Why to Consider Longer-Term Bonds Now

Short-term bond yields are high currently, but with the Federal Reserve poised to cut interest rates investors may want to consider longer-term bonds or bond funds.

High-quality bond investments remain attractive. With yields on investment-grade-rated1 bonds still near 15-year highs,2 we believe investors should continue to consider intermediate- and longer-term bonds to lock in those high yields. By focusing more on short-term bond investments, investors likely will face reinvestment risk once the Federal Reserve begins to cut interest rates, as it is widely expected to do this year.

However, investors may be a bit reluctant to do that given how high short-term yields are. Why invest in a longer-term bond when it offers a lower yield than what you can earn in short-term investments like Treasury bills, short-term certificates of deposit (CDs), or money market funds? It's a question we're asked often, and if it's a question you're asking, you're likely not alone. The amount of money market fund assets has been rising sharply for years—their yields have risen sharply following the aggressive pace of Federal Reserve rate hikes that began nearly two years ago.

Money market fund assets have risen sharply over the last few years

Short-term bond yields, and the funds that hold them, are admittedly attractive today. Three- and six-month Treasury bill yields are above 5%, at levels not seen since before the global financial crisis of 2008-2009. Those high yields come with relatively low volatility and generally lower price declines versus securities with longer-term maturities when yields rise. If you own a three-month Treasury bill and other Treasury bill yields rise, the price of your three-month bill might not fall much because it matures so soon, and when it matures you can reinvest at a higher interest rate.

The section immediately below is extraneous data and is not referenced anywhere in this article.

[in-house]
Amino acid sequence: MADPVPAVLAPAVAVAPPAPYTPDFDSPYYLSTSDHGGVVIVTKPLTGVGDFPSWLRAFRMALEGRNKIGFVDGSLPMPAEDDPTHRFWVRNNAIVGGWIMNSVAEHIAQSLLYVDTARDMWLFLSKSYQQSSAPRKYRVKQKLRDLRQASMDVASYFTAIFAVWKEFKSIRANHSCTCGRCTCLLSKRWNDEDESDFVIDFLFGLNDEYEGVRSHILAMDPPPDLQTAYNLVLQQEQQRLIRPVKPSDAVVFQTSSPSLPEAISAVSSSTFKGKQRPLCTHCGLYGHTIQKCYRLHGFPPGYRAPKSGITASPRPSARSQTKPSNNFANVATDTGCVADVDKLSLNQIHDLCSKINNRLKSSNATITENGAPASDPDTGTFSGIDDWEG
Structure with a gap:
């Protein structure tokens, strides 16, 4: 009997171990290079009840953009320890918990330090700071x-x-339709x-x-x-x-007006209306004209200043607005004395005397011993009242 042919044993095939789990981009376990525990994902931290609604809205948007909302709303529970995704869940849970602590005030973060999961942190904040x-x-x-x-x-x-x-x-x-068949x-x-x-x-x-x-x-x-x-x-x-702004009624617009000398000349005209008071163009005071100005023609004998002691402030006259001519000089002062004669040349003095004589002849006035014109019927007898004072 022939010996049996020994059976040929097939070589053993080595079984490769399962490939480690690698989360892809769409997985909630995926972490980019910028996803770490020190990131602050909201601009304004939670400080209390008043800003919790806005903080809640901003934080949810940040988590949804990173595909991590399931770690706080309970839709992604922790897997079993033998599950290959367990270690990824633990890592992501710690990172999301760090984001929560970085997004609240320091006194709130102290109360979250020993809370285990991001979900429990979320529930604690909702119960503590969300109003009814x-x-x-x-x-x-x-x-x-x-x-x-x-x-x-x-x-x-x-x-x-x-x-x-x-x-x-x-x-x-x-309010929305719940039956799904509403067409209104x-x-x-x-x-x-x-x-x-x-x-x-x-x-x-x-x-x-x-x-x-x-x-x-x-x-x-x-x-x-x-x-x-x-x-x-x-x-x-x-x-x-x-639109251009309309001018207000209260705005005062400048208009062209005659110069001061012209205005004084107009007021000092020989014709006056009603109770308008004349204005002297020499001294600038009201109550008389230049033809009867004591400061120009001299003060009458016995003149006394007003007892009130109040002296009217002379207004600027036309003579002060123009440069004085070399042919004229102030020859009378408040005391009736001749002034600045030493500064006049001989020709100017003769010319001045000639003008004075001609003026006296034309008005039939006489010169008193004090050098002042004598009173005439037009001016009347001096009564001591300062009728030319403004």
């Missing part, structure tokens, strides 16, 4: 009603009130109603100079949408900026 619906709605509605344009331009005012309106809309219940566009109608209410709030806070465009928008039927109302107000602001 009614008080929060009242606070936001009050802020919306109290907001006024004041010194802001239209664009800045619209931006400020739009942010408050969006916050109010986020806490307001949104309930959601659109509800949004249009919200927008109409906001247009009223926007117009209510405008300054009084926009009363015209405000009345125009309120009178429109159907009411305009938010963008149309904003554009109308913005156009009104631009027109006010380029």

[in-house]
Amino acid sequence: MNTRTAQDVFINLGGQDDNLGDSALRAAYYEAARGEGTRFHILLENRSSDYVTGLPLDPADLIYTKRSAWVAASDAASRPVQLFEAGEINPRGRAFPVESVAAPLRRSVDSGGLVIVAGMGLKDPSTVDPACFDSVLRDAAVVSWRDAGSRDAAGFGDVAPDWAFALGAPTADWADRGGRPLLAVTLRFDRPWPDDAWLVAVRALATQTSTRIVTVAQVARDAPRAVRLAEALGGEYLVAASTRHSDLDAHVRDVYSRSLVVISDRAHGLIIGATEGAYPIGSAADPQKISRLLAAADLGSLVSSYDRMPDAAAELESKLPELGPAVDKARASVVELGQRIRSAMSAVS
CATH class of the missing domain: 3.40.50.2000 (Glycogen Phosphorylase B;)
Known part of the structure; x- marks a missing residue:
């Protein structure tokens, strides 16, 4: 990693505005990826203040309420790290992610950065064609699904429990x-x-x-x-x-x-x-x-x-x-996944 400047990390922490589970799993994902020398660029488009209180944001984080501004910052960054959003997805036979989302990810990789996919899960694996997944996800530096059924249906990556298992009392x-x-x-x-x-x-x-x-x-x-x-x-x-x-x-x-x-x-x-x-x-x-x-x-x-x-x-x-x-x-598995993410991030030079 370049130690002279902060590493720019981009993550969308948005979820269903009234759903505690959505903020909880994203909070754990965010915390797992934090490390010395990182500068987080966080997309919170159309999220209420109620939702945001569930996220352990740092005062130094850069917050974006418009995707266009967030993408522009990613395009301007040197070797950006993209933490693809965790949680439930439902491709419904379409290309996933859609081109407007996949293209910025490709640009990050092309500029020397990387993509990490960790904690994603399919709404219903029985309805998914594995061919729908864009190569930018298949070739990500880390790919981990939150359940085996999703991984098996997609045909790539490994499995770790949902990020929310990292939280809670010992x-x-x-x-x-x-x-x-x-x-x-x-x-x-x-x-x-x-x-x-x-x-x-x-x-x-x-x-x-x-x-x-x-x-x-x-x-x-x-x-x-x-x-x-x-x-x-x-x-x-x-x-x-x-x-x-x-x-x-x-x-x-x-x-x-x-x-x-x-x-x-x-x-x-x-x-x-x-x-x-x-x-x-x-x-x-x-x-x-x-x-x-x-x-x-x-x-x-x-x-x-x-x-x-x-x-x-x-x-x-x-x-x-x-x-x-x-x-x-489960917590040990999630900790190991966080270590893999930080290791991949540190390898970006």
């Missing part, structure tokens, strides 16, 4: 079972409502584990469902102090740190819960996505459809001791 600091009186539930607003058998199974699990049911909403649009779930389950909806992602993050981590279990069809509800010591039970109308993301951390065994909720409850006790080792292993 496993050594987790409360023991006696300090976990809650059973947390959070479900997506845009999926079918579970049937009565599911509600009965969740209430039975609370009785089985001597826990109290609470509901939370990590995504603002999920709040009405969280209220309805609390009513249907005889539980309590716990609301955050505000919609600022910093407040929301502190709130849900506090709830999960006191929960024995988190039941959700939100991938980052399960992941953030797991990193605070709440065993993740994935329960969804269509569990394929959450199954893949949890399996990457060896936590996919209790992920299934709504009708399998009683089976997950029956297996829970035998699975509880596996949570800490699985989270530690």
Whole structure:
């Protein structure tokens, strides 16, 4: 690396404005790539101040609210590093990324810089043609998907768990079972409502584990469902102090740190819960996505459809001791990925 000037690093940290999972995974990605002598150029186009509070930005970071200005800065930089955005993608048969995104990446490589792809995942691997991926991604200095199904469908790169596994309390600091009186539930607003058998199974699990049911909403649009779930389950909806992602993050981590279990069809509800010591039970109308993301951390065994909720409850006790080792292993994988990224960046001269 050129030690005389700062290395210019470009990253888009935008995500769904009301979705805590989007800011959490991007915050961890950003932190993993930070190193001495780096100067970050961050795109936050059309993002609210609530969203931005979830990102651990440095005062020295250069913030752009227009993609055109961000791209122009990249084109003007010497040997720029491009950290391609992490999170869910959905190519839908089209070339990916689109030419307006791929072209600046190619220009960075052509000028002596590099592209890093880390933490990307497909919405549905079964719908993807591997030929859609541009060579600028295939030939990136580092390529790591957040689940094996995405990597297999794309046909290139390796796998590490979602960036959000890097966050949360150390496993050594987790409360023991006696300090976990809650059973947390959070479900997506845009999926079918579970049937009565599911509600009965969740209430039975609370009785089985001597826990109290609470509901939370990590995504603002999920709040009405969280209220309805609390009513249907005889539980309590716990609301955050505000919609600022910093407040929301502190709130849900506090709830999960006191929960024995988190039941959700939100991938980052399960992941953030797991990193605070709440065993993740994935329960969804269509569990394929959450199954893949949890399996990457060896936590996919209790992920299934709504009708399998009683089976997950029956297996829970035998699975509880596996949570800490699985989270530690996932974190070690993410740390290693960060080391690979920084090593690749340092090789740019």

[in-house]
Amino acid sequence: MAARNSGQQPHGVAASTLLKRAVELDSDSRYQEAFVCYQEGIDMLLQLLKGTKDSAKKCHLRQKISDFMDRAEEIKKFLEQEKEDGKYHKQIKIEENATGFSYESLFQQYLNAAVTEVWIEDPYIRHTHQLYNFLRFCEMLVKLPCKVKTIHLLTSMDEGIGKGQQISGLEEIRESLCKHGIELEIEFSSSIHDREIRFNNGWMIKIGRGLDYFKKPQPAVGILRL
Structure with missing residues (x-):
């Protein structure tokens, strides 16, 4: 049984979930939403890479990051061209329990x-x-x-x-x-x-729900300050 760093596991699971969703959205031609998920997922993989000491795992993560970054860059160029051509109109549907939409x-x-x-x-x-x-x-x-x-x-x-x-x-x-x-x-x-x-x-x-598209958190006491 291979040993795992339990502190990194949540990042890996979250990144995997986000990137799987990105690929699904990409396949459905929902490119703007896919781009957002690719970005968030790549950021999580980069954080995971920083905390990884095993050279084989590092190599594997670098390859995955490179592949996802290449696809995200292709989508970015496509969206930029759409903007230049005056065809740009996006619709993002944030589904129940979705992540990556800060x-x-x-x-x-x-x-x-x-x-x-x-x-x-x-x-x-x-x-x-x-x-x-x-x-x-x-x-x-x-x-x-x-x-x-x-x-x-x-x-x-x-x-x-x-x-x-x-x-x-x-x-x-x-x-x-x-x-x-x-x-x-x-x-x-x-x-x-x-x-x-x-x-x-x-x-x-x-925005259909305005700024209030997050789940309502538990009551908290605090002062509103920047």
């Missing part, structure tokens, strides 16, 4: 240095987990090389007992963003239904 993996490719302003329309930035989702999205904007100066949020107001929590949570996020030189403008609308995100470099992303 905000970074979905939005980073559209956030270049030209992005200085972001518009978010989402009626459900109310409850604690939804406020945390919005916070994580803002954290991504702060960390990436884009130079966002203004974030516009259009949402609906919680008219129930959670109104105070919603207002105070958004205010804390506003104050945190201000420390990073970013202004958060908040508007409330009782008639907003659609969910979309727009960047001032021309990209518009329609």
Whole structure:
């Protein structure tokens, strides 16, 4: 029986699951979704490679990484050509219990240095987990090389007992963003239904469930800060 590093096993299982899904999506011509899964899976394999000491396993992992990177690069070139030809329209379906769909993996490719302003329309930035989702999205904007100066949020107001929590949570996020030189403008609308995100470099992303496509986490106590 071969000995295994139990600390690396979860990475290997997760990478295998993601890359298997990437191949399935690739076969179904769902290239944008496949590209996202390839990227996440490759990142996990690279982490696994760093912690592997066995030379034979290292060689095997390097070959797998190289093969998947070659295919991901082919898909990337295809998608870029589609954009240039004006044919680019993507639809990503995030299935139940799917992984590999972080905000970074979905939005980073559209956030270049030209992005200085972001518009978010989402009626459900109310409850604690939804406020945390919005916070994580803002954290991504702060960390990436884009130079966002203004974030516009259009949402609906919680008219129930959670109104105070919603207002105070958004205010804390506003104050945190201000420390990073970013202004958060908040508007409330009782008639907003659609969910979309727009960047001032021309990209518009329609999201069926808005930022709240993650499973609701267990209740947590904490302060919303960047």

However, if you hold a five-year Treasury note and yields rise, you'll have to wait a long time for it to mature before you can take advantage of those higher yields. If you wanted to sell that note in the secondary market, it would likely be sold at a discount because the buyer would need the additional price appreciation to make up for that income gap. That's why intermediate- and long-term bond prices tend to be more volatile than short-term bond prices.